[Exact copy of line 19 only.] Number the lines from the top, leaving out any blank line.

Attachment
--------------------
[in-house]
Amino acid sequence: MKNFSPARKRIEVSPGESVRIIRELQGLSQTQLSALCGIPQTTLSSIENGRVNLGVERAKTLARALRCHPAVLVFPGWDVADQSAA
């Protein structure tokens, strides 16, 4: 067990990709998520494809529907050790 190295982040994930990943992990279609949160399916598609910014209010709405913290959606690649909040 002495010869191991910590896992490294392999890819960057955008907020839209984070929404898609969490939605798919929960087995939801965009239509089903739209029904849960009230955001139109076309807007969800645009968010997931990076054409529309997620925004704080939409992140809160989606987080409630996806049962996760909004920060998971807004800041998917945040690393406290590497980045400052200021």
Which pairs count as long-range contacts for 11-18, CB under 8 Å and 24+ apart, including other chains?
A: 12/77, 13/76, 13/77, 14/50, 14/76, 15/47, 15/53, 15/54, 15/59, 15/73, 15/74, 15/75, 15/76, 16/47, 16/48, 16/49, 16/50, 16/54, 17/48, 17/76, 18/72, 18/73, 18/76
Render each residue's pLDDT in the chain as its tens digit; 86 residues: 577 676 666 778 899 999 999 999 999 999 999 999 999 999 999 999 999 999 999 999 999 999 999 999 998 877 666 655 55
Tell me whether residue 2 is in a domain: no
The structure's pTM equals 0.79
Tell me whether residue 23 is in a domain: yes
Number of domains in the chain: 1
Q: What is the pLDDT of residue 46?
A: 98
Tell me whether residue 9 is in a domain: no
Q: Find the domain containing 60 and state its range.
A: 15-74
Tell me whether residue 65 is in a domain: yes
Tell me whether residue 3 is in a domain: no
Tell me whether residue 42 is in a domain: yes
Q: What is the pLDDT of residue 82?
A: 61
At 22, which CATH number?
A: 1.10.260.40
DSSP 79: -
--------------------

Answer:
Q: What is the pLDDT of residue 82?